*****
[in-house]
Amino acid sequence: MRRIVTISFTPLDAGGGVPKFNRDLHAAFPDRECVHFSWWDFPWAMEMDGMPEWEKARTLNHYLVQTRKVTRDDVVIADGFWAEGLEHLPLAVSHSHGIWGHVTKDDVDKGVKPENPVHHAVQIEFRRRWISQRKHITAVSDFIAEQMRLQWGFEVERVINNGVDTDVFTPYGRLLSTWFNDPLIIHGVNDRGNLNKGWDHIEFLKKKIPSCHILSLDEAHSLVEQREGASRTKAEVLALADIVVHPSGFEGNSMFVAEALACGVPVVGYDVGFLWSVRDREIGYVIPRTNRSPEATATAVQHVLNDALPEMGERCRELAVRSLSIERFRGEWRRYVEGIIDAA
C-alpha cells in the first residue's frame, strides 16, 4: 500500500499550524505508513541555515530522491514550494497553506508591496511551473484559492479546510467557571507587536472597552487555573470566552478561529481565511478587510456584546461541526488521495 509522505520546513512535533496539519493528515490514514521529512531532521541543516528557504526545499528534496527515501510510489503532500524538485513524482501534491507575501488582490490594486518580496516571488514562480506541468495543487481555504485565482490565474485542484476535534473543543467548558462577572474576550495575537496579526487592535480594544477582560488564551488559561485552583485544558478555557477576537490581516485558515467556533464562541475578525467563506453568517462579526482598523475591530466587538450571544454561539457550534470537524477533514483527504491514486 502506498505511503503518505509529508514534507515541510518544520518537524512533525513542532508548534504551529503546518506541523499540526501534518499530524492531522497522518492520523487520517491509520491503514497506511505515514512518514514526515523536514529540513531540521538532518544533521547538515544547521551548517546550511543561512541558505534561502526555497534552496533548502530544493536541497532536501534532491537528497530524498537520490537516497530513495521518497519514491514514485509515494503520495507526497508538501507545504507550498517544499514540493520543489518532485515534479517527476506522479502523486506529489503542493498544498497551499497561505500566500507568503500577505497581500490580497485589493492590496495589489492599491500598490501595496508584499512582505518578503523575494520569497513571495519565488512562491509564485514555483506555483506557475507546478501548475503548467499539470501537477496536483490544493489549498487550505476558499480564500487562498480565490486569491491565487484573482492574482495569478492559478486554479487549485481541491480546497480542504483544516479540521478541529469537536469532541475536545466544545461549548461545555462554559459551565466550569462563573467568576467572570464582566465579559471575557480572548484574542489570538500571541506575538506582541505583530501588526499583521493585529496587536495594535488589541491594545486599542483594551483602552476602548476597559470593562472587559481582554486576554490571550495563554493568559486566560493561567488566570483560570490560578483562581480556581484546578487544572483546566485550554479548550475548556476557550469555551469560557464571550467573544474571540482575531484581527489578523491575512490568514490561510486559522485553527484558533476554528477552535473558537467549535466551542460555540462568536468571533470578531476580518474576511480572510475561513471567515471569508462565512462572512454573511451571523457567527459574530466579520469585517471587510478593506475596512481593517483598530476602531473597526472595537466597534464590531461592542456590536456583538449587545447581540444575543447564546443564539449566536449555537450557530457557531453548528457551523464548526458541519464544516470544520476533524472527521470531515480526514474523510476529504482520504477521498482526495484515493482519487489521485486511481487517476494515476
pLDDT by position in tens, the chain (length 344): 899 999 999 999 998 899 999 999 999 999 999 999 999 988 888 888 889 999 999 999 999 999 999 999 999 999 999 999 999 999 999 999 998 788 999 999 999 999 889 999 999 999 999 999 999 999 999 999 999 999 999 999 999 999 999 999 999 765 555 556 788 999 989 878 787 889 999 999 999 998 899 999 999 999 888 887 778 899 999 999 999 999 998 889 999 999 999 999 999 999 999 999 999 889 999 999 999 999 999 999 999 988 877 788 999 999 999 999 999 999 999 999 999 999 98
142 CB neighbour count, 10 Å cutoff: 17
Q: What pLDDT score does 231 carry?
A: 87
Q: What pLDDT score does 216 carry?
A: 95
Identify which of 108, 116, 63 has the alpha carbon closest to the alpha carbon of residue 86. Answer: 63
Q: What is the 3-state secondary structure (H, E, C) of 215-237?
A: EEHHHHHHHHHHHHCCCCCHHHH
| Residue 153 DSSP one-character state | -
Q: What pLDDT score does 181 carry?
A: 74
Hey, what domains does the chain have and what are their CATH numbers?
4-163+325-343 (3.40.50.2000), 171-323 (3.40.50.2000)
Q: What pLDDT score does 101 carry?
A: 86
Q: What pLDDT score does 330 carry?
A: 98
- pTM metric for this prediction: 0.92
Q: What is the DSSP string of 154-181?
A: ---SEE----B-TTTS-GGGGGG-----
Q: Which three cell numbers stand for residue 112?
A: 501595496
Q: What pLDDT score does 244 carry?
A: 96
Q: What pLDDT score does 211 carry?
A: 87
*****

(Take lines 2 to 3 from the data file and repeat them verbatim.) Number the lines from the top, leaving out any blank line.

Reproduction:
Amino acid sequence: MRRIVTISFTPLDAGGGVPKFNRDLHAAFPDRECVHFSWWDFPWAMEMDGMPEWEKARTLNHYLVQTRKVTRDDVVIADGFWAEGLEHLPLAVSHSHGIWGHVTKDDVDKGVKPENPVHHAVQIEFRRRWISQRKHITAVSDFIAEQMRLQWGFEVERVINNGVDTDVFTPYGRLLSTWFNDPLIIHGVNDRGNLNKGWDHIEFLKKKIPSCHILSLDEAHSLVEQREGASRTKAEVLALADIVVHPSGFEGNSMFVAEALACGVPVVGYDVGFLWSVRDREIGYVIPRTNRSPEATATAVQHVLNDALPEMGERCRELAVRSLSIERFRGEWRRYVEGIIDAA
C-alpha cells in the first residue's frame, strides 16, 4: 500500500499550524505508513541555515530522491514550494497553506508591496511551473484559492479546510467557571507587536472597552487555573470566552478561529481565511478587510456584546461541526488521495 509522505520546513512535533496539519493528515490514514521529512531532521541543516528557504526545499528534496527515501510510489503532500524538485513524482501534491507575501488582490490594486518580496516571488514562480506541468495543487481555504485565482490565474485542484476535534473543543467548558462577572474576550495575537496579526487592535480594544477582560488564551488559561485552583485544558478555557477576537490581516485558515467556533464562541475578525467563506453568517462579526482598523475591530466587538450571544454561539457550534470537524477533514483527504491514486 502506498505511503503518505509529508514534507515541510518544520518537524512533525513542532508548534504551529503546518506541523499540526501534518499530524492531522497522518492520523487520517491509520491503514497506511505515514512518514514526515523536514529540513531540521538532518544533521547538515544547521551548517546550511543561512541558505534561502526555497534552496533548502530544493536541497532536501534532491537528497530524498537520490537516497530513495521518497519514491514514485509515494503520495507526497508538501507545504507550498517544499514540493520543489518532485515534479517527476506522479502523486506529489503542493498544498497551499497561505500566500507568503500577505497581500490580497485589493492590496495589489492599491500598490501595496508584499512582505518578503523575494520569497513571495519565488512562491509564485514555483506555483506557475507546478501548475503548467499539470501537477496536483490544493489549498487550505476558499480564500487562498480565490486569491491565487484573482492574482495569478492559478486554479487549485481541491480546497480542504483544516479540521478541529469537536469532541475536545466544545461549548461545555462554559459551565466550569462563573467568576467572570464582566465579559471575557480572548484574542489570538500571541506575538506582541505583530501588526499583521493585529496587536495594535488589541491594545486599542483594551483602552476602548476597559470593562472587559481582554486576554490571550495563554493568559486566560493561567488566570483560570490560578483562581480556581484546578487544572483546566485550554479548550475548556476557550469555551469560557464571550467573544474571540482575531484581527489578523491575512490568514490561510486559522485553527484558533476554528477552535473558537467549535466551542460555540462568536468571533470578531476580518474576511480572510475561513471567515471569508462565512462572512454573511451571523457567527459574530466579520469585517471587510478593506475596512481593517483598530476602531473597526472595537466597534464590531461592542456590536456583538449587545447581540444575543447564546443564539449566536449555537450557530457557531453548528457551523464548526458541519464544516470544520476533524472527521470531515480526514474523510476529504482520504477521498482526495484515493482519487489521485486511481487517476494515476